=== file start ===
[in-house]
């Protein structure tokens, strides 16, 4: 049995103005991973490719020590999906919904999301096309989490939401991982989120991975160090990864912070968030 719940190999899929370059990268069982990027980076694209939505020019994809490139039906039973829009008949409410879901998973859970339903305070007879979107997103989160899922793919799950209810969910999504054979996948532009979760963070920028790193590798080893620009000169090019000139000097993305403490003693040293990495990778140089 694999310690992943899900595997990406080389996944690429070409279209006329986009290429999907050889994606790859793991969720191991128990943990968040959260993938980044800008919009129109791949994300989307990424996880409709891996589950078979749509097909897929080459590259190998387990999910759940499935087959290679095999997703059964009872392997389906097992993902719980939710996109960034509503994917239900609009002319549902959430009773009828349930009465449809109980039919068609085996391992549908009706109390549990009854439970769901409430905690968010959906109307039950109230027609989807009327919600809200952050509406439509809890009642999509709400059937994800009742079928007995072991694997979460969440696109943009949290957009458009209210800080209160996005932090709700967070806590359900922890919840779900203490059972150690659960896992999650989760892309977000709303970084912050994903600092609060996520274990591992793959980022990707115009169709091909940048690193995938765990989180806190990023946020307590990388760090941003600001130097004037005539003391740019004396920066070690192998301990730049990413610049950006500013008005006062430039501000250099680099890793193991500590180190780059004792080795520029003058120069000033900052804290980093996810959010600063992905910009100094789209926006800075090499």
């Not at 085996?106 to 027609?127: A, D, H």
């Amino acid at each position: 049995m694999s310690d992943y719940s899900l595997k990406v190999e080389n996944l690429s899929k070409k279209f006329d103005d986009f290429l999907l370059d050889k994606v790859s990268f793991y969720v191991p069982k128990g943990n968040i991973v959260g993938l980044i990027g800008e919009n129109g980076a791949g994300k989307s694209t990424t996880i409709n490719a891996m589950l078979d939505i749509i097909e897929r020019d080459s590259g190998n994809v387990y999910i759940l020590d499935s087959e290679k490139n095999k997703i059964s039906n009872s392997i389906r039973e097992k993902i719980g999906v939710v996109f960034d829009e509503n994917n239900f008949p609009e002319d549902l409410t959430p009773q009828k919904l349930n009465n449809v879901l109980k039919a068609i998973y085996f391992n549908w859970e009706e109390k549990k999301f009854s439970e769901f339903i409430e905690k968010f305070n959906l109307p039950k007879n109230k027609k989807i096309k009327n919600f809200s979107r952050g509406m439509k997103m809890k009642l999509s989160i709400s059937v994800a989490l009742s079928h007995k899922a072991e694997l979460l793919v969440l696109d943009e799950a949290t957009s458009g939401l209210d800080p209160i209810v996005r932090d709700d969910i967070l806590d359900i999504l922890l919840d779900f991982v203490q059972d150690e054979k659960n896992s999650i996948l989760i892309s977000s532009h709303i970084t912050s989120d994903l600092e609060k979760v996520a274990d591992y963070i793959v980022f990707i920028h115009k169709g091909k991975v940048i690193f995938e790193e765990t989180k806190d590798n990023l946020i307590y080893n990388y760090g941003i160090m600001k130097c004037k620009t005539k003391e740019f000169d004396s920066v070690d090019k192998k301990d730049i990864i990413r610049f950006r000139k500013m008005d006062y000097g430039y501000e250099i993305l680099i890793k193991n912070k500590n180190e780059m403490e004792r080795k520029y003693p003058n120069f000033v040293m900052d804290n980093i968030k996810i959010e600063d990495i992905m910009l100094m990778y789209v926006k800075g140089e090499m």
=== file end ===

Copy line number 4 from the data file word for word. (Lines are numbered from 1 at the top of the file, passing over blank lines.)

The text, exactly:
């Amino acid at each position: 049995m694999s310690d992943y719940s899900l595997k990406v190999e080389n996944l690429s899929k070409k279209f006329d103005d986009f290429l999907l370059d050889k994606v790859s990268f793991y969720v191991p069982k128990g943990n968040i991973v959260g993938l980044i990027g800008e919009n129109g980076a791949g994300k989307s694209t990424t996880i409709n490719a891996m589950l078979d939505i749509i097909e897929r020019d080459s590259g190998n994809v387990y999910i759940l020590d499935s087959e290679k490139n095999k997703i059964s039906n009872s392997i389906r039973e097992k993902i719980g999906v939710v996109f960034d829009e509503n994917n239900f008949p609009e002319d549902l409410t959430p009773q009828k919904l349930n009465n449809v879901l109980k039919a068609i998973y085996f391992n549908w859970e009706e109390k549990k999301f009854s439970e769901f339903i409430e905690k968010f305070n959906l109307p039950k007879n109230k027609k989807i096309k009327n919600f809200s979107r952050g509406m439509k997103m809890k009642l999509s989160i709400s059937v994800a989490l009742s079928h007995k899922a072991e694997l979460l793919v969440l696109d943009e799950a949290t957009s458009g939401l209210d800080p209160i209810v996005r932090d709700d969910i967070l806590d359900i999504l922890l919840d779900f991982v203490q059972d150690e054979k659960n896992s999650i996948l989760i892309s977000s532009h709303i970084t912050s989120d994903l600092e609060k979760v996520a274990d591992y963070i793959v980022f990707i920028h115009k169709g091909k991975v940048i690193f995938e790193e765990t989180k806190d590798n990023l946020i307590y080893n990388y760090g941003i160090m600001k130097c004037k620009t005539k003391e740019f000169d004396s920066v070690d090019k192998k301990d730049i990864i990413r610049f950006r000139k500013m008005d006062y000097g430039y501000e250099i993305l680099i890793k193991n912070k500590n180190e780059m403490e004792r080795k520029y003693p003058n120069f000033v040293m900052d804290n980093i968030k996810i959010e600063d990495i992905m910009l100094m990778y789209v926006k800075g140089e090499m």